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    Jonathan Blow, in a talk about how software is getting worse, points to the example of Ken Thompson’s text editor, which Ken built in a single week. Plenty of the code in this blog post is accidental complexity. […] But at the same time, Ken Thompson’s editor was much, much simpler than what we expect from our text editors today. Unicode supports almost every one of the ~7000 living languages used around the world, and plenty more dead languages too. These use a variety of scripts, directions, and input methods that each impose tricky (and in some cases, unsolved) problems on any editor we’d like to make. Our editor also needs to be usable by vision-impaired folks who use screen readers.

    This is such an important point. Most “accidental” complexity is essential to someone. Problem domains only look simple if you don’t know what people actually need.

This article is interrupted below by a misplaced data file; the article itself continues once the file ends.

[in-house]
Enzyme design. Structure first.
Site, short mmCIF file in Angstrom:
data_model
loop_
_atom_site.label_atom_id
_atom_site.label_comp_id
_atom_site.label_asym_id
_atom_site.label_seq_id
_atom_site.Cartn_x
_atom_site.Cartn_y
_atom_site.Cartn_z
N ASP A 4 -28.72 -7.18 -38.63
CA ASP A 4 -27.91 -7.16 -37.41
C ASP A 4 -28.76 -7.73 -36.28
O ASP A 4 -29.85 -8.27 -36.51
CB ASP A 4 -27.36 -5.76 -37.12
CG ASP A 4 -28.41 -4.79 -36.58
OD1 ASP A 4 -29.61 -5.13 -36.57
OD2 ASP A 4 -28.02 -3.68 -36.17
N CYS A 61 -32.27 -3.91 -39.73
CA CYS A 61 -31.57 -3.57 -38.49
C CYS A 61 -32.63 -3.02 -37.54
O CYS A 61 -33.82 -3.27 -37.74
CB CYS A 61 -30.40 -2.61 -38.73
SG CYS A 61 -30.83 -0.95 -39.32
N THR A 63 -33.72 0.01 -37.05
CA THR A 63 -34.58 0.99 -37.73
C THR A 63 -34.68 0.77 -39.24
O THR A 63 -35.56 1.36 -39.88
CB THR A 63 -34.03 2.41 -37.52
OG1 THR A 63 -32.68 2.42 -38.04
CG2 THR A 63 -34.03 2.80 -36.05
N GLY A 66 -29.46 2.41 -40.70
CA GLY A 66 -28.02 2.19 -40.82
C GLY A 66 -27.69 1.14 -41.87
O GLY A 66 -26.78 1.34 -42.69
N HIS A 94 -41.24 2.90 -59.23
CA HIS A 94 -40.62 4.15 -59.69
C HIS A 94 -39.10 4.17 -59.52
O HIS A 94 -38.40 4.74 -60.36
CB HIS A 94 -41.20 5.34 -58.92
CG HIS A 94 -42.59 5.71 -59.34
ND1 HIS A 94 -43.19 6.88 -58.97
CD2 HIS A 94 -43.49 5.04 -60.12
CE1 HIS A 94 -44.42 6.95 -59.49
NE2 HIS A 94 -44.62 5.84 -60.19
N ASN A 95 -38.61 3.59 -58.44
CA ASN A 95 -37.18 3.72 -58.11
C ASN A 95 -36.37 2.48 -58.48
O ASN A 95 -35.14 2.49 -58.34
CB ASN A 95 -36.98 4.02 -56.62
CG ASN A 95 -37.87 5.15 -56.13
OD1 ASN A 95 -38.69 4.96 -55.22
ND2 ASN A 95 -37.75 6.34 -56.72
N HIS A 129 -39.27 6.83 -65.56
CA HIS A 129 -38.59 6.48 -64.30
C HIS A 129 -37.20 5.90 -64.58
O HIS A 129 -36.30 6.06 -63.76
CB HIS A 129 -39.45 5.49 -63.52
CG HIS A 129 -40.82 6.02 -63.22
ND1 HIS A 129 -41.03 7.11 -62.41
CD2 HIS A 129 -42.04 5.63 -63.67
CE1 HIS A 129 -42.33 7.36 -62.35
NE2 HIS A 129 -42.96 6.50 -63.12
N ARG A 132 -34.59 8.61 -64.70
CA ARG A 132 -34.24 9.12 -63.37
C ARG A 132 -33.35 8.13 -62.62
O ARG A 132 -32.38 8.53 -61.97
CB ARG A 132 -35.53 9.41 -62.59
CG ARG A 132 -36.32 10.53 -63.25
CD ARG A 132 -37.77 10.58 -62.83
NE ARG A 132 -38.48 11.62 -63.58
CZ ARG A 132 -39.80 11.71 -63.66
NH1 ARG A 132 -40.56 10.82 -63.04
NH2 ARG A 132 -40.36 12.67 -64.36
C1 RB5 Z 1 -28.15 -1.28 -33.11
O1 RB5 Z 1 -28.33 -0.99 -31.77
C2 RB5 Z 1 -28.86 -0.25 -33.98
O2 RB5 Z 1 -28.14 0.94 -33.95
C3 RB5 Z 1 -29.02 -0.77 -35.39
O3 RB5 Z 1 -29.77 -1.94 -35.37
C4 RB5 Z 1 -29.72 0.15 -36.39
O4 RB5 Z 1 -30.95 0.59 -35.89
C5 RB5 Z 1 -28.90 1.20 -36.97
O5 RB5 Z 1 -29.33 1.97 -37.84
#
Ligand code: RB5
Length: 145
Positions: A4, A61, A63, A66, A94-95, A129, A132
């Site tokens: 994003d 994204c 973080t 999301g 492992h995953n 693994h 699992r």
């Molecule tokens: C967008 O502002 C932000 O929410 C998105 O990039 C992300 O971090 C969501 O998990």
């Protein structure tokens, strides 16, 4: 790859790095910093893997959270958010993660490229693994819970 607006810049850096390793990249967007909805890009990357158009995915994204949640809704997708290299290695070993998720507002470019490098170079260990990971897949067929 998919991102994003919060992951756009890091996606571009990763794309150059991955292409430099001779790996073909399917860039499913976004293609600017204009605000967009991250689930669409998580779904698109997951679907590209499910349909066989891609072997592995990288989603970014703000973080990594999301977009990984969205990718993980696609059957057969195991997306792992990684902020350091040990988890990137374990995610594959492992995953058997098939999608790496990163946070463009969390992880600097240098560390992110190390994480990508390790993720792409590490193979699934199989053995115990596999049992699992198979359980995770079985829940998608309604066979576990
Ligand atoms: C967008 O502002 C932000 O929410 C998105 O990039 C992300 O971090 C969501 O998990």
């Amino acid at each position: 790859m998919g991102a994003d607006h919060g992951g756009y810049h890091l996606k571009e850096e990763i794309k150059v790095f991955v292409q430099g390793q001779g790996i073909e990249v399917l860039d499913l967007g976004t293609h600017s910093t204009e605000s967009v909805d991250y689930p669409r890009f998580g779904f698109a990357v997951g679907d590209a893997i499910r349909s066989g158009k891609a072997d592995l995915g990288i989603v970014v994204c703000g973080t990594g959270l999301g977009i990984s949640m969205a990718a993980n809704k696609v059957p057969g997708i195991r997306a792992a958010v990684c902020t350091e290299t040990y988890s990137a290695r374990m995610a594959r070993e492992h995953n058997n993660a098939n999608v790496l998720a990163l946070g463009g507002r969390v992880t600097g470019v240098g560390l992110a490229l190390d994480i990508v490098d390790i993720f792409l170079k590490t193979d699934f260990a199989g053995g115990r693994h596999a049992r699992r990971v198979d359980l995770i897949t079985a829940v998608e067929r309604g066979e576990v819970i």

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      Our editor also needs to be usable by vision-impaired folks who use screen readers.

      My colleagues on the Windows accessibility team at Microsoft have collectively spent many person-months, maybe even person-years, on this (and I’ve also done some work in this area). And that’s just for the platform and screen reader support, not for the actual application implementations (e.g. Edge and Office). Check out the IUIAutomationTextRange interface to get a taste. Using and implementing that interface is harder than it seems.

      Disclaimer: Posting on my own behalf.